How to cut a cabinet and put it back together without it looking terrible.

Here’s to hoping you never need to know how to do this. But in the off chance you find yourself in a similar situation, of a too long cabinet, let me walk you through how to skinny it up!

Let me start this with, make sure the thing you are hoping to size down is free. Under no circumstances would I take a saw to something that cost any amount of money, no matter how small. You want to have your worst case scenario be that the thing you were hoping to keep is now conveniently into two much more manageable pieces to bring to the dump…

So when I last left you…a month ago… I had no idea how we were actually going to shorten the length of the cabinet. My folks came over one evening and wanted to see all the progress on the laundry room. I’m not really sure a whole lot of progress had really taken place, but they oohed and ahhed at everything. My dad is really quite a jolly fellow. (He gets a ‘kick out of’ life. When we go to plays and the production is over he is so excited that, with huge grin on his face, he’ll clap overhead, loudly, with no sense of rhythm, because rhythm simply must take a backseat to his joy and delight.) He gets all excited as I show him how the cracks no longer have paint between them. If you are ever doing any renovation invite him over, he loves to see projects and you are left thinking, boy it really could be spectacular.

So anyways, as I am showing him the awkwardly long cabinet and how we want it shorter, he suggests cutting out the middle. After thinking about it for zero seconds I tell him that’s a terrible idea. Brett overhears and thinks it’s a killer idea and they start talking through how much sense it makes to leave the finished ends intact. So like any good kid after criticizing an idea, I of course do exactly as he suggested.

So we laid it on its side and sliced it with our new circular saw.


We started with the 2x4s in the front, then did the back, and finally sliced the base support.


Then we shoved it together and had a cabinet door that was now much too big for the tiny opening.


So we sliced that down too, to make a little tiny door, for tiny hands, or for tiny things.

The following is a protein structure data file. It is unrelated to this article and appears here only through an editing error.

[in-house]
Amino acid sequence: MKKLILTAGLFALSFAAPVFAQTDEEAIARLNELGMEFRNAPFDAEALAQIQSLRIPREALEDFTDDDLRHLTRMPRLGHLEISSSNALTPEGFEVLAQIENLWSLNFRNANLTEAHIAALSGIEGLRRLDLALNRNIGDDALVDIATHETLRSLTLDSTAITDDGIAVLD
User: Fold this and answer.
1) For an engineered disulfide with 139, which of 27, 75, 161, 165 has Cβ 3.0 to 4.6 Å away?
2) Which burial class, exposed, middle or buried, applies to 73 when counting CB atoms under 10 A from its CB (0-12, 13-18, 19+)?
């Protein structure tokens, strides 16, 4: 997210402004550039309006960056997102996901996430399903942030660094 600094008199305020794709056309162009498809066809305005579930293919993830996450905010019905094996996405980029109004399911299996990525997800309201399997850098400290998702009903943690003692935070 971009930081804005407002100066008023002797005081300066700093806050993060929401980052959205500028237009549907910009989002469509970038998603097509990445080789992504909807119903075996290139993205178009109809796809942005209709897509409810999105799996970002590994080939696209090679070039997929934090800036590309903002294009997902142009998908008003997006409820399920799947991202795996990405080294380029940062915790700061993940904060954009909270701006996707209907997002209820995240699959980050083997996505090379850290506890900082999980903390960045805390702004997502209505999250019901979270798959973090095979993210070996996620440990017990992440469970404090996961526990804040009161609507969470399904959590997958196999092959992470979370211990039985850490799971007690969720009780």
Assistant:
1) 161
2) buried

Good thing I painted it first right? So as you can see there were some gaps and things that needed to be shoved back together.

We screwed in some metal doohickies (that looks ridiculous typed, how does it not feel ridiculous to say when it looks so wacky?) In real life I guess they are called mending plates. We added 4 of those to secure the two cut ends together. Surprisingly it got the two sides very close together, unlike my abs after 2 babies, which haven’t seen or spoken to each other in some years.

We also added a piece of wood to the base to hold it together. Let me remind you we use this to store paint cans, so it didn’t need to be spectacular, just functional and not an eyesore.

So we left it like that for a number of weeks and only in the last week did I finally get around to staining the top and doing the final repainting of the cabinet. Part of the problem was I wanted to stain the top outside, so as not to stink up my house. Stain needs it to be 50 degrees. Minnesota felt the need to have a blizzard.In April. So I felt the need to wait for some decent weather, since Minnesota had already made me go back on my word about not shoveling in April. This time the line was drawn, no staining would happen until I could do it outside.

Remember this from two weeks ago? Too soon?

This is the wood top attached to the cabinet. I knew I wanted the wood top to have more of a sturdy presence, to look more like a butcher block, so we cheated the system and added some skinny 1/4 inch trim to fake it.DSC_0215

See how it looks a bit more solid now? DSC_0218

Major perk of not caring about the flooring, is it makes for very easy (sloppy) painting. Which, let’s be honest, is really the only kind of painting I do, so it’s nice when I’m not also ruining things.DSC_0221

From the top you can see the slight change from the solid wood piece to the trim, but I am really happy with it overall.


Our cabinet is nice and proportional now to the wall. You really can’t see the split on the bottom at all. It could be worthwhile for me to caulk the seam once more on the top and paint over it again, but it could also be more work too…

We’ve got a couple more things to finish/show you in the laundry room before we put the project on a bit of a hiatus. we are going to make it functional again and save the flooring, lighting and ceiling for a few month down the road. With spring finally coming we are switching gears to some outside projects!




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